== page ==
The overwhelming number of sales and sales records last week has captured the attention of the popular press in ways that probably are not healthy for the art market as a whole. The overarching theme of much of the coverage has been to goggle at the prices or tote up the supposed returns as if anyone could have foreseen buying a Giacometti sculpture in 1970 for $250,000 and eventually selling it for $126m 45 years later.
John Gapper responded to the sales with a column that gets closer to the truth of what’s going on in the art market where those with surplus cash are buying art as cultural and social capital:
The true value lies in owning a painting that the Tate or Getty museums would love to display in public, and being able to dazzle yourself and others in private.
The only way to prove that you are the kind of person who is both cultured and wealthy enough to own a major Picasso is to buy one. Auction houses prosper by holding it in front of you briefly, while offering to sell it to your rival. “They suddenly say, ‘I am never going to get this chance again’, and go all the way,” Mr Pylkkänen says of the world’s ultimate art collectors.
Gapper goes further with this concept but also tries to warn against the mirage of art investing which is not really a practical option for any but the most committed and lucky of buyers. Here Gapper suggests some of the risks:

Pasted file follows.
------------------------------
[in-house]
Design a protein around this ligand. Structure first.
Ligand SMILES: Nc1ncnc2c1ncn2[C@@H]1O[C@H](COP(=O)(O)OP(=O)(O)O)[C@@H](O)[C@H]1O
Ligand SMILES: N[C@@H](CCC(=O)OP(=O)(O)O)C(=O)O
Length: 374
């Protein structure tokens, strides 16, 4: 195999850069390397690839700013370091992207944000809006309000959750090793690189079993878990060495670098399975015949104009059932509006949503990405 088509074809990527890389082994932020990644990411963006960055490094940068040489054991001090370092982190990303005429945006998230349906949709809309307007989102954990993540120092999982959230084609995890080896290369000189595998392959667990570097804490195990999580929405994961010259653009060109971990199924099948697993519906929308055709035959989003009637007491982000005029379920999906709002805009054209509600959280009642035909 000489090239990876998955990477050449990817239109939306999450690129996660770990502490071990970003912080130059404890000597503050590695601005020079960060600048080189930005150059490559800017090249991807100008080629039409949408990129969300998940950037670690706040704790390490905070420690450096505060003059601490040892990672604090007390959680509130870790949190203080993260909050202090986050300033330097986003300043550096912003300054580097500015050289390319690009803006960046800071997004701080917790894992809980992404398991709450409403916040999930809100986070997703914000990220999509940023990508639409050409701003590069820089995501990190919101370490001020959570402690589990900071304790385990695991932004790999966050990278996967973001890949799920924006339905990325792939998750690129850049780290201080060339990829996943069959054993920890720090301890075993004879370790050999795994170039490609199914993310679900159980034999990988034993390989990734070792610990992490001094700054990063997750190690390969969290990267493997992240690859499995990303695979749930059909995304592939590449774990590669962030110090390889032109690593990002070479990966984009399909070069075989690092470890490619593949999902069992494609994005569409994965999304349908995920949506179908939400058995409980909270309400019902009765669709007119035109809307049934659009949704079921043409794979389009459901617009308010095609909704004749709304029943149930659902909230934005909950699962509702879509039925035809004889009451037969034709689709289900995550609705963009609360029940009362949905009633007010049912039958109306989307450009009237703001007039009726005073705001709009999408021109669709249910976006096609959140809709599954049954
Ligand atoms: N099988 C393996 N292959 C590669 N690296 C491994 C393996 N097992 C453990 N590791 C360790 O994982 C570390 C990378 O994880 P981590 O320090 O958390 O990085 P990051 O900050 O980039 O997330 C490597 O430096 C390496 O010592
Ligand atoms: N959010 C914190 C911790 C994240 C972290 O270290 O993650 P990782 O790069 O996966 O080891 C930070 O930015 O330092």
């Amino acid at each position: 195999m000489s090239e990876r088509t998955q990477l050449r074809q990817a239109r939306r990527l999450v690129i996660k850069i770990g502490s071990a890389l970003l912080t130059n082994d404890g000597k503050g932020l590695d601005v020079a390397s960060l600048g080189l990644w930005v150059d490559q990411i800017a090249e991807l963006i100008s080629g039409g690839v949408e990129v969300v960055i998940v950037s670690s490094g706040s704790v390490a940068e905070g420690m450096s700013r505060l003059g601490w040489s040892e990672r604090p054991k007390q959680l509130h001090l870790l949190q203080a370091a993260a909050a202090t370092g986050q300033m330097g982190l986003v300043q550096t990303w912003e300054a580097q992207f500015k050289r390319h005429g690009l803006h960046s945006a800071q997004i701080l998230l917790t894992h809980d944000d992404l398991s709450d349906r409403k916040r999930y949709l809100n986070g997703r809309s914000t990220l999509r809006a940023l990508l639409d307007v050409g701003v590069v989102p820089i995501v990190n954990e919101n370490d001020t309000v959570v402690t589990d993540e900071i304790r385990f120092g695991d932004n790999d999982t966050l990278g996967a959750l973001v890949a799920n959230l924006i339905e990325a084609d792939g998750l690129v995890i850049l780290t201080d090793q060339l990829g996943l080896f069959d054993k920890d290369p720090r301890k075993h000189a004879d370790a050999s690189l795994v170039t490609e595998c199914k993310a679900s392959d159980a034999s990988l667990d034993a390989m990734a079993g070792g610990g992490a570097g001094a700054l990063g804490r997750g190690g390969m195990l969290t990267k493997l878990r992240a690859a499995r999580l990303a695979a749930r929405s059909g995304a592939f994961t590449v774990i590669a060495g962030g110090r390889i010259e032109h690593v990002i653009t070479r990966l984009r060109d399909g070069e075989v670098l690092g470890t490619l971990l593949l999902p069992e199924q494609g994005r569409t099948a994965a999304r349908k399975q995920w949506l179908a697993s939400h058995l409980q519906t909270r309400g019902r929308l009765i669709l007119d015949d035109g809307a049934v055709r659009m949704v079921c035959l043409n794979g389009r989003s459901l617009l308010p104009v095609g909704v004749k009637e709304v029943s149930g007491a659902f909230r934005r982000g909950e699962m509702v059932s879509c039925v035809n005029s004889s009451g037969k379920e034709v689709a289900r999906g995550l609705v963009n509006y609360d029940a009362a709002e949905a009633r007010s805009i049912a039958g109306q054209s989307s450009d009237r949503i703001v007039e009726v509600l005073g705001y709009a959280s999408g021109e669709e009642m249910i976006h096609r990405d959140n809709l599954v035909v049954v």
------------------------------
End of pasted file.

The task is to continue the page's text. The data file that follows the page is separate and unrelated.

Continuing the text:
One is that measuring financial returns on works that are sold and later resold at auction ignores those that never resurface, possibly because they have fallen in value. A second is that the art market is highly illiquid and opaque — no painting, even by the same artist, is exactly equivalent to another work. A third is that the transaction costs are extremely high — auction houses charge buyers about 20 per cent.
Oddly though, Gapper reverses course in the next paragraph by asserting something that is both nonsensical and unsupported:
The oddest aspect of the market (among many) is that the wealthiest collectors take the least predictable financial risks, at least when bidding at auctions rather than buying works privately through galleries. Masterpieces such as “Les Femmes d’Alger” often underperform in the long term, while less-glamorous paintings stand a better chance of achieving a stable return.
A person paying $179m for a Picasso isn’t looking to display keen insight into art history or pick talent. That’s what Victor Ganz was doing for his own personal satisfaction when he bought the painting from Picasso’s dealer. He took all 15 works as required and kept the ones that interested him. He didn’t profit on the sales of the discarded works. He simply chose the paintings that were dear to him, intellectually and emotionally. The Saudi buyer who followed and the latest owner were using money to substitute for time, opportunity and the passionate effort that gave Ganz the chance to buy the works in the first place. Ganz paid for his Picasso with more than just cash.
Outsized returns in the art market are often the result of luck or passionate commitment. You can’t calculate those as investment returns. The collector who bought Warhol’s Lemon Marilyn from the original 1962 show for $250 and sold it 25 years later at auction to Jeffrey Gundlach for $28m was probably both lucky to have been at the original show and willing to spend $250 on the work and committed to have not sold it at any point along the way for a lesser return.
Among the less glamorous works that Gapper references, there are a tiny few that offer a stable return and massive number that will become worthless over time.